Last week, we talked about the millennial generation, a group of teenagers and young adults who are expressive, impatient, and tech-savvy. A retail company called TOMS has found a way to reach this generation, all while making money and promoting a good cause.
TOMS started in 2006 with a hope of bringing shoes to underprivileged children globally through a unique business model. For every pair of shoes that a customer buys, TOMS donates another pair to charity. In 2011, the company expanded this model to eyeglasses. The entire brand built upon the premise that consumerism can be the same thing as altruism—a perfect appeal to the millennial generation.
Thirty-seven percent of millennials report being drawn to products that co-brand with cause campaigns where their purchase is a form of support. TOMS core demographic of buyers is the millennial female who typically lives in urban areas such as NYC, Washington D.C. or San Francisco. It’s no surprise then that the success of TOMS has always been tied closely to social media.
In the beginning, the company found interns on Craigslist, and today LinkedIn is an essential recruiting tool. Recent campaigns have featured online games, community photo sharing, and spreading the word on Twitter and Facebook about new shoe designs.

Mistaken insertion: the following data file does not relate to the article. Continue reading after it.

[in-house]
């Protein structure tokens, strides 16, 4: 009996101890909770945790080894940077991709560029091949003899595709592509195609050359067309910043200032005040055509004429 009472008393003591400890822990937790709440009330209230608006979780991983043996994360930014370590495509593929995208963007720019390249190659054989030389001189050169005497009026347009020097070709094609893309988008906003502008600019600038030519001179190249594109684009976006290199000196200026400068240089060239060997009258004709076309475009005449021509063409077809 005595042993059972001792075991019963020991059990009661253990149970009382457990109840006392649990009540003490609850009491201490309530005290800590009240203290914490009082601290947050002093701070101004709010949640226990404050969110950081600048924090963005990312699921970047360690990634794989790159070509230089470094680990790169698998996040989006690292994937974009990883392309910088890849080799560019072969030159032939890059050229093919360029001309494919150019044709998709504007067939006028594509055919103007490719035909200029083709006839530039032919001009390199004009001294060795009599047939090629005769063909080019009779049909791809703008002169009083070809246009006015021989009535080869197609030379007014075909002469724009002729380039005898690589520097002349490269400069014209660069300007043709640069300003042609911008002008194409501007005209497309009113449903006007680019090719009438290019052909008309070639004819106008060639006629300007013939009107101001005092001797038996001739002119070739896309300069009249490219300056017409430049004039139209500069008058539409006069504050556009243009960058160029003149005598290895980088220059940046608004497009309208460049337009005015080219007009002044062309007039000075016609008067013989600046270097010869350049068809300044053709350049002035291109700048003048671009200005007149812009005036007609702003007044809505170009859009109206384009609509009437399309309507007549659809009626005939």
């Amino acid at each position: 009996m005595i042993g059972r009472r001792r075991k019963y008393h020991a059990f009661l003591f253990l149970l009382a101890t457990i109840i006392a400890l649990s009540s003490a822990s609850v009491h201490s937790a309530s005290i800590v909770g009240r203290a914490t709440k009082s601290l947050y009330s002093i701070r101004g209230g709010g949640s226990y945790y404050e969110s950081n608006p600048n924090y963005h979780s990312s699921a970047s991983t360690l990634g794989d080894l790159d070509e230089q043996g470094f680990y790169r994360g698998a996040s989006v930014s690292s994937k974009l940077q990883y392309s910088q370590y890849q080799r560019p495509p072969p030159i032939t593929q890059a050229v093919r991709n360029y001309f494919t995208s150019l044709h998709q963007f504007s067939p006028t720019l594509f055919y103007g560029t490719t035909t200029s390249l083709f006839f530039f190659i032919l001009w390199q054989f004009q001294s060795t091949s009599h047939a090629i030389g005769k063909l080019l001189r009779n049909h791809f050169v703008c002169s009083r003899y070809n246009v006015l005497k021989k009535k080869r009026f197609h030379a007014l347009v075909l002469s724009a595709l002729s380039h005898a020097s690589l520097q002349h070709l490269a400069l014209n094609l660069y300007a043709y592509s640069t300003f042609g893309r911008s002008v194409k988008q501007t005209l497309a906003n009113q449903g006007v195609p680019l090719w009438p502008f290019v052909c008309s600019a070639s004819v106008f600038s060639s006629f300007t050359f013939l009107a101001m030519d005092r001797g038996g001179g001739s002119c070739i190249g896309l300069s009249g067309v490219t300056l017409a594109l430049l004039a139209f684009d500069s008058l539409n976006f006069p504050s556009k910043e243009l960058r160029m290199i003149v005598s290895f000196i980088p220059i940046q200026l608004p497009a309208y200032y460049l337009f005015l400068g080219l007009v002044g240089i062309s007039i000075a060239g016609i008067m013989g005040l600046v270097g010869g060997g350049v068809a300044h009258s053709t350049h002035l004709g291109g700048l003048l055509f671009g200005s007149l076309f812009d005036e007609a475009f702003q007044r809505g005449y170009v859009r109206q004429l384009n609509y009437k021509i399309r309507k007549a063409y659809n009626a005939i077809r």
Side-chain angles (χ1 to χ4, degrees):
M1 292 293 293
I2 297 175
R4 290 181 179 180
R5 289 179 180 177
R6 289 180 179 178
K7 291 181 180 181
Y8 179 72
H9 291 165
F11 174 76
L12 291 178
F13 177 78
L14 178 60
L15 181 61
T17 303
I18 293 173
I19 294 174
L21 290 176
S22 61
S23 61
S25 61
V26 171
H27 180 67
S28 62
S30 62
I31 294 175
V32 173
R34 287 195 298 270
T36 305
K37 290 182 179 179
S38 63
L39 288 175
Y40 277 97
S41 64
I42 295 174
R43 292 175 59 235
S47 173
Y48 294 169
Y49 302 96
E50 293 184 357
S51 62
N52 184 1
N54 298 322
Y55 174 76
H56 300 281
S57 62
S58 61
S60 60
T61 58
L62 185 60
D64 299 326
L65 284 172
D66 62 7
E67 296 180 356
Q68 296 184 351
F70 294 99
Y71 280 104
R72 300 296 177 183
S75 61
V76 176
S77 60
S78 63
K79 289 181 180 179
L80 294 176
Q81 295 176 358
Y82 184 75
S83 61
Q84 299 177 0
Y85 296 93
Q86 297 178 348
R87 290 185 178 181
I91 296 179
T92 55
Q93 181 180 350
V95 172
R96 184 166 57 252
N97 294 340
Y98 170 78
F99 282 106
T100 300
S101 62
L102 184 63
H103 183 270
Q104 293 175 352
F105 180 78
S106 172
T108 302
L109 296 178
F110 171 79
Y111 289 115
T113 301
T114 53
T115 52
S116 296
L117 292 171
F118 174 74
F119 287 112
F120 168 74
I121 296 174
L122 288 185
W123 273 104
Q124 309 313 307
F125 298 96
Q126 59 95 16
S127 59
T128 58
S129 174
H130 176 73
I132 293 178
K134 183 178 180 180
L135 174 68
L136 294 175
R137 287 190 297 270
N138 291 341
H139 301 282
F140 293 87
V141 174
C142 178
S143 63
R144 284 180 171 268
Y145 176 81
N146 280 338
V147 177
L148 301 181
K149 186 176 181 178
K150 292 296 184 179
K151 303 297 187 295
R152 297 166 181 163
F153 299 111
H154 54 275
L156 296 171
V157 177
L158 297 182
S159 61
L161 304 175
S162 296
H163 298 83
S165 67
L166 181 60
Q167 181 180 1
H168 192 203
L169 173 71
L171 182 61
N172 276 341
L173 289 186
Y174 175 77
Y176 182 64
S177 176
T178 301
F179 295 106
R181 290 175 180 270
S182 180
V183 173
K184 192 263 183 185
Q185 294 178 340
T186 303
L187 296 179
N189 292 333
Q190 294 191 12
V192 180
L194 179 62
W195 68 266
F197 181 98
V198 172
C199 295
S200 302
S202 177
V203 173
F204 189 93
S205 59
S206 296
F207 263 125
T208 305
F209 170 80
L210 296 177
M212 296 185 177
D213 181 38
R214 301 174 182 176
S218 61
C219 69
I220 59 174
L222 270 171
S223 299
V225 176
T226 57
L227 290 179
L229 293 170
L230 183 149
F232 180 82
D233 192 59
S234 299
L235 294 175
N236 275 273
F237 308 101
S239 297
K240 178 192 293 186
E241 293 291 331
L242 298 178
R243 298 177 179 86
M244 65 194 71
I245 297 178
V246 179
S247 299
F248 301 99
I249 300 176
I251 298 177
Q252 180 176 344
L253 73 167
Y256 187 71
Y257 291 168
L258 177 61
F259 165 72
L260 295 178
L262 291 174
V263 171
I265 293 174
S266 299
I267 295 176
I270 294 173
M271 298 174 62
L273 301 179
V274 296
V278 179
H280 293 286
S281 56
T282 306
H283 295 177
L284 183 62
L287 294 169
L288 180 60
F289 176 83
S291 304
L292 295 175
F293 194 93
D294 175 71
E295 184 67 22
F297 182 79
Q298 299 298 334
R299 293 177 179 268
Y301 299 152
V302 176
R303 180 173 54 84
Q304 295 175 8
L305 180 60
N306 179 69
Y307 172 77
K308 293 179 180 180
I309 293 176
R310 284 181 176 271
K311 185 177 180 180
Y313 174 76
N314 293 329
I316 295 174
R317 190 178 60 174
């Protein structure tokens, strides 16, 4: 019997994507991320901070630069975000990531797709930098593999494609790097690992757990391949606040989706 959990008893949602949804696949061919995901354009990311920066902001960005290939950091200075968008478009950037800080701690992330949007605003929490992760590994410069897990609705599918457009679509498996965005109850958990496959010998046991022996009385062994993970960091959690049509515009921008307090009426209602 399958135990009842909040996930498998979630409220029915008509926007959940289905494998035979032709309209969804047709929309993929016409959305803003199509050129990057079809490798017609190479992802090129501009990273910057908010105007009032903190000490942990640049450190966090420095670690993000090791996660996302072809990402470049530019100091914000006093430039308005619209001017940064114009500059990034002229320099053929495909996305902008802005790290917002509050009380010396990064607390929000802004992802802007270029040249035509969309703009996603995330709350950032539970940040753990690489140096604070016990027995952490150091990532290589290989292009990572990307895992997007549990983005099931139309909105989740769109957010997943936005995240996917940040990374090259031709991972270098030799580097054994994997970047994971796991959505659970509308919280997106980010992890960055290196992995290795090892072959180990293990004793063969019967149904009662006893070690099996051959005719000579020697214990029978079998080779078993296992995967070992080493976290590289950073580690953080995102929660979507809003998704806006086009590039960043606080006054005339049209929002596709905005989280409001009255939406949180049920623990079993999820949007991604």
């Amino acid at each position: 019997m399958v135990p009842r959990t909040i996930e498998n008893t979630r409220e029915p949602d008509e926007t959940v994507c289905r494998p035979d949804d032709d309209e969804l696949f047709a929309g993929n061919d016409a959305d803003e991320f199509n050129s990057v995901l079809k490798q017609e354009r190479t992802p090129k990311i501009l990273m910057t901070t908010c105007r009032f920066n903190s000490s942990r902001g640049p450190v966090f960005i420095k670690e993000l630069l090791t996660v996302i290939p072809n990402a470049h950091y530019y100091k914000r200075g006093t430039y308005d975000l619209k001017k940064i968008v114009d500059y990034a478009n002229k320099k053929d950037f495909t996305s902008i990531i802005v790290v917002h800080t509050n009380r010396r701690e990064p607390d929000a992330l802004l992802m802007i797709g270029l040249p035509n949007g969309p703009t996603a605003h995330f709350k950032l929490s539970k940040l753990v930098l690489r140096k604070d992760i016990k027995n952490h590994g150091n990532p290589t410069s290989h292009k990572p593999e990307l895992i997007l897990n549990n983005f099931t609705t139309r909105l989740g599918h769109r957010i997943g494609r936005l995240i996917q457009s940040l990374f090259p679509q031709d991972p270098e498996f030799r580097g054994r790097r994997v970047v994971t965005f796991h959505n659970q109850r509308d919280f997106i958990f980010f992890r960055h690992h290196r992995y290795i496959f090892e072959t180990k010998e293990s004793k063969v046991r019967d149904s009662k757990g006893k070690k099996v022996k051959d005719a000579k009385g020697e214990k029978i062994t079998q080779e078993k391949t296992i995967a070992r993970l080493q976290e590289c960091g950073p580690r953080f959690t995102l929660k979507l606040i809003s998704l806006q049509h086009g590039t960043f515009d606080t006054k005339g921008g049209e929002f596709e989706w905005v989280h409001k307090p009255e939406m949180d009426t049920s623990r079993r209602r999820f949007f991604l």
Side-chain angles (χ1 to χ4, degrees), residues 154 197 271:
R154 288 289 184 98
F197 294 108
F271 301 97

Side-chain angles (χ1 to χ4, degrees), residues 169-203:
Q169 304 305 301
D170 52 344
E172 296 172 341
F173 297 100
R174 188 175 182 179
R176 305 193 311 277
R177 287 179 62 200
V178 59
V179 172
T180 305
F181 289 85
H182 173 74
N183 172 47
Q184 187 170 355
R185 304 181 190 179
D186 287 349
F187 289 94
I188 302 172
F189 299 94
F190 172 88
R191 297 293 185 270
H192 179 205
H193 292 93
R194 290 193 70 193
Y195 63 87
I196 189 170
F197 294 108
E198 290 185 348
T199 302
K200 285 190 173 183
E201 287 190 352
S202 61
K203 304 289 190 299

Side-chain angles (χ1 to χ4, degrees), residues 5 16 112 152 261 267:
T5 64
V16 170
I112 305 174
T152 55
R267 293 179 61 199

Ever since 2007, TOMS encourages customers to spend one day participating in the “One Day Without Shoes” in order to raise awareness to see how the shoeless people of the world live. Plus, it makes millennials feel like they are a part of something bigger than themselves. In metropolitan areas, college clubs are encouraged to promote the event.
Attracting the millennials can be tricky, but with creative new business models and a savvy use of social media, companies like TOMS can sell their product, make profit, and promote philanthropy. It’s all about being business smart, one step at a time.